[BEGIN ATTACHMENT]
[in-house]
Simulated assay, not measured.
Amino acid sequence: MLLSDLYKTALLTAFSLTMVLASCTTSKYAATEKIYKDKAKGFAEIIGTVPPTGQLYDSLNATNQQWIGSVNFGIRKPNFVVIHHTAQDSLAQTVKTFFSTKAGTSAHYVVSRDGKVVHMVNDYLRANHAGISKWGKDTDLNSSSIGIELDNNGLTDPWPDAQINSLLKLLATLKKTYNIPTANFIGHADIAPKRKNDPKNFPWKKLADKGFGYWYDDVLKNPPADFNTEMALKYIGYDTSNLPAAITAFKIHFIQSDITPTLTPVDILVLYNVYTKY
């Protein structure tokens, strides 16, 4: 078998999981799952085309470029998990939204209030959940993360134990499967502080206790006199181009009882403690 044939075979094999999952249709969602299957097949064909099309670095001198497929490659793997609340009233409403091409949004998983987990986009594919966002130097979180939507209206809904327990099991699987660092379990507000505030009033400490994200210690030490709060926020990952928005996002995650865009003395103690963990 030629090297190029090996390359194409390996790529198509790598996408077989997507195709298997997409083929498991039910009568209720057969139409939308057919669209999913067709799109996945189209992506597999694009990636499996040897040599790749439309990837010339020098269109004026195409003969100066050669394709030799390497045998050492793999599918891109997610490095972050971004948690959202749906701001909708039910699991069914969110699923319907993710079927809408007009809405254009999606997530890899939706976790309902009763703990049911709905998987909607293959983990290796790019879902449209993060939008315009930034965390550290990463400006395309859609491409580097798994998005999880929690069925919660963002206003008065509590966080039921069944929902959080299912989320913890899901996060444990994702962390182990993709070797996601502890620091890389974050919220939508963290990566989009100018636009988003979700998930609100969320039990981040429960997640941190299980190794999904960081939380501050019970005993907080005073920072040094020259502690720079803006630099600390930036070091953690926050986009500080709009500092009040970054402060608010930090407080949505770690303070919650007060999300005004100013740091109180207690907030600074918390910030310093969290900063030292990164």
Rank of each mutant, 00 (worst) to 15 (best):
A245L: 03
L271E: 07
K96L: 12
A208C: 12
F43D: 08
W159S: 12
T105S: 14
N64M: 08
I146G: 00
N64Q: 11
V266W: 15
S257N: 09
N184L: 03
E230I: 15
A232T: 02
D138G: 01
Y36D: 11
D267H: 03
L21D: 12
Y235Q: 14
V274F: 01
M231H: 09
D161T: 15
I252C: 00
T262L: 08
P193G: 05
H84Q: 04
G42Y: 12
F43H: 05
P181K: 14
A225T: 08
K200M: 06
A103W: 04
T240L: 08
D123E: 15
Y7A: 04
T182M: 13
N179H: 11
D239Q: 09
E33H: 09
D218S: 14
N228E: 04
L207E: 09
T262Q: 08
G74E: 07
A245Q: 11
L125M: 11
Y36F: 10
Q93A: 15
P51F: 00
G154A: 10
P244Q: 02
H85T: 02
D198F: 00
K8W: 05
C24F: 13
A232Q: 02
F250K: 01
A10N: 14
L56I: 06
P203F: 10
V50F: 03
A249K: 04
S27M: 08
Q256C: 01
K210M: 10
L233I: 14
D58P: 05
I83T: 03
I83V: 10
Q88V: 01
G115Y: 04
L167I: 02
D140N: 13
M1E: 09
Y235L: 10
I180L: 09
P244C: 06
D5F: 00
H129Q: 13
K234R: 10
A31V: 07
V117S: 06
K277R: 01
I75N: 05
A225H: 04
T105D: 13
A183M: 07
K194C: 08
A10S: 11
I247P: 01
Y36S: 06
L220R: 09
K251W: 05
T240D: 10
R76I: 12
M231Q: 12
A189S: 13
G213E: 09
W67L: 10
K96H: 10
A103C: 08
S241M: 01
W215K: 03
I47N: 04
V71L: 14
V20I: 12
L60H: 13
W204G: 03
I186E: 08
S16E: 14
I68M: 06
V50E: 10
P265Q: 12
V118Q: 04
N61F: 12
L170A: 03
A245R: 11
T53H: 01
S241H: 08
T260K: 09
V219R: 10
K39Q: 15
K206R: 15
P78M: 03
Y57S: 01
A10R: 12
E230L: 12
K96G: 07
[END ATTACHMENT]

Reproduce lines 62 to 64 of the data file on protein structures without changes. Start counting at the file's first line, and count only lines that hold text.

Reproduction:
A232Q: 02
F250K: 01
A10N: 14